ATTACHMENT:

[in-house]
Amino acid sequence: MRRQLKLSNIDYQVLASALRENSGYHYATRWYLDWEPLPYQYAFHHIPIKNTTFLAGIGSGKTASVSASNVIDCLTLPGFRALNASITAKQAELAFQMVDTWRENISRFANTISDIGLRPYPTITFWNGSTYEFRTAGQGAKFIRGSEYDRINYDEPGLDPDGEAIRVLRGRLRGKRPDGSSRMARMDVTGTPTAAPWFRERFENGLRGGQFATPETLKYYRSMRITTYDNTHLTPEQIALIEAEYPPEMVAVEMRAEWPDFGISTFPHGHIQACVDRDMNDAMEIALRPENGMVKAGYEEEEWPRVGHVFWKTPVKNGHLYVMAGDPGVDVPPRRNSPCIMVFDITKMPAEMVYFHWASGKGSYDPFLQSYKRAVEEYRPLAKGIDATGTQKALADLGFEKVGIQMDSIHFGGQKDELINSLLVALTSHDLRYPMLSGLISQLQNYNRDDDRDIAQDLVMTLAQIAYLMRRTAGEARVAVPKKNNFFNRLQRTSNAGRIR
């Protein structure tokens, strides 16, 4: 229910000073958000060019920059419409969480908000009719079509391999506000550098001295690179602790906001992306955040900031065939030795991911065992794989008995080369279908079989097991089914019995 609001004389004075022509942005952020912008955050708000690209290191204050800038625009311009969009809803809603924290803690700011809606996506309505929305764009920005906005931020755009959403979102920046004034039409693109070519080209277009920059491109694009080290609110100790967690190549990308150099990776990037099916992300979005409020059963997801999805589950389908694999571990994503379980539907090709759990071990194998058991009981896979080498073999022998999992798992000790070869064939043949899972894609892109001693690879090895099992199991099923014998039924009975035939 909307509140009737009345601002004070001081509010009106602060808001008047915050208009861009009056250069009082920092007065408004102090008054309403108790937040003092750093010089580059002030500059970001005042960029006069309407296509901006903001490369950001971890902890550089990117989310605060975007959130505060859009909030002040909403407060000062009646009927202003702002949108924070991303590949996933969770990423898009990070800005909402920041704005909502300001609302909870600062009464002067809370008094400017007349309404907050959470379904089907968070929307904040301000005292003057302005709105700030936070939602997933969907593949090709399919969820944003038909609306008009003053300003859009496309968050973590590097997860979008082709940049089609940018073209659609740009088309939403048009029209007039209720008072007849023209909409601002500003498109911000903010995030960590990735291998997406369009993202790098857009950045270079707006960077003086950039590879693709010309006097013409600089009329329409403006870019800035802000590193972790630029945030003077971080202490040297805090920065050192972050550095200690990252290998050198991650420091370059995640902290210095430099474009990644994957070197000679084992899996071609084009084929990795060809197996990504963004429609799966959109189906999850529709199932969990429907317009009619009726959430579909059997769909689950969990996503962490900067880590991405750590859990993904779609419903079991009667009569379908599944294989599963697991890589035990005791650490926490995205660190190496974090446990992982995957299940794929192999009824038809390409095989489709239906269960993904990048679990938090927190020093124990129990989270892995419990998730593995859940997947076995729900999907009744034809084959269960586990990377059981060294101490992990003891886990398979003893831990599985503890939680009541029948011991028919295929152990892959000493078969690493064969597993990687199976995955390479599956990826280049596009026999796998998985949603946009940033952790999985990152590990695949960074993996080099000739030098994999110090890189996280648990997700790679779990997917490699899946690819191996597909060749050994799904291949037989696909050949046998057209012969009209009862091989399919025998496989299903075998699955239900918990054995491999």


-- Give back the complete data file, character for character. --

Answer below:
[in-house]
Amino acid sequence: MRRQLKLSNIDYQVLASALRENSGYHYATRWYLDWEPLPYQYAFHHIPIKNTTFLAGIGSGKTASVSASNVIDCLTLPGFRALNASITAKQAELAFQMVDTWRENISRFANTISDIGLRPYPTITFWNGSTYEFRTAGQGAKFIRGSEYDRINYDEPGLDPDGEAIRVLRGRLRGKRPDGSSRMARMDVTGTPTAAPWFRERFENGLRGGQFATPETLKYYRSMRITTYDNTHLTPEQIALIEAEYPPEMVAVEMRAEWPDFGISTFPHGHIQACVDRDMNDAMEIALRPENGMVKAGYEEEEWPRVGHVFWKTPVKNGHLYVMAGDPGVDVPPRRNSPCIMVFDITKMPAEMVYFHWASGKGSYDPFLQSYKRAVEEYRPLAKGIDATGTQKALADLGFEKVGIQMDSIHFGGQKDELINSLLVALTSHDLRYPMLSGLISQLQNYNRDDDRDIAQDLVMTLAQIAYLMRRTAGEARVAVPKKNNFFNRLQRTSNAGRIR
């Protein structure tokens, strides 16, 4: 229910000073958000060019920059419409969480908000009719079509391999506000550098001295690179602790906001992306955040900031065939030795991911065992794989008995080369279908079989097991089914019995 609001004389004075022509942005952020912008955050708000690209290191204050800038625009311009969009809803809603924290803690700011809606996506309505929305764009920005906005931020755009959403979102920046004034039409693109070519080209277009920059491109694009080290609110100790967690190549990308150099990776990037099916992300979005409020059963997801999805589950389908694999571990994503379980539907090709759990071990194998058991009981896979080498073999022998999992798992000790070869064939043949899972894609892109001693690879090895099992199991099923014998039924009975035939 909307509140009737009345601002004070001081509010009106602060808001008047915050208009861009009056250069009082920092007065408004102090008054309403108790937040003092750093010089580059002030500059970001005042960029006069309407296509901006903001490369950001971890902890550089990117989310605060975007959130505060859009909030002040909403407060000062009646009927202003702002949108924070991303590949996933969770990423898009990070800005909402920041704005909502300001609302909870600062009464002067809370008094400017007349309404907050959470379904089907968070929307904040301000005292003057302005709105700030936070939602997933969907593949090709399919969820944003038909609306008009003053300003859009496309968050973590590097997860979008082709940049089609940018073209659609740009088309939403048009029209007039209720008072007849023209909409601002500003498109911000903010995030960590990735291998997406369009993202790098857009950045270079707006960077003086950039590879693709010309006097013409600089009329329409403006870019800035802000590193972790630029945030003077971080202490040297805090920065050192972050550095200690990252290998050198991650420091370059995640902290210095430099474009990644994957070197000679084992899996071609084009084929990795060809197996990504963004429609799966959109189906999850529709199932969990429907317009009619009726959430579909059997769909689950969990996503962490900067880590991405750590859990993904779609419903079991009667009569379908599944294989599963697991890589035990005791650490926490995205660190190496974090446990992982995957299940794929192999009824038809390409095989489709239906269960993904990048679990938090927190020093124990129990989270892995419990998730593995859940997947076995729900999907009744034809084959269960586990990377059981060294101490992990003891886990398979003893831990599985503890939680009541029948011991028919295929152990892959000493078969690493064969597993990687199976995955390479599956990826280049596009026999796998998985949603946009940033952790999985990152590990695949960074993996080099000739030098994999110090890189996280648990997700790679779990997917490699899946690819191996597909060749050994799904291949037989696909050949046998057209012969009209009862091989399919025998496989299903075998699955239900918990054995491999």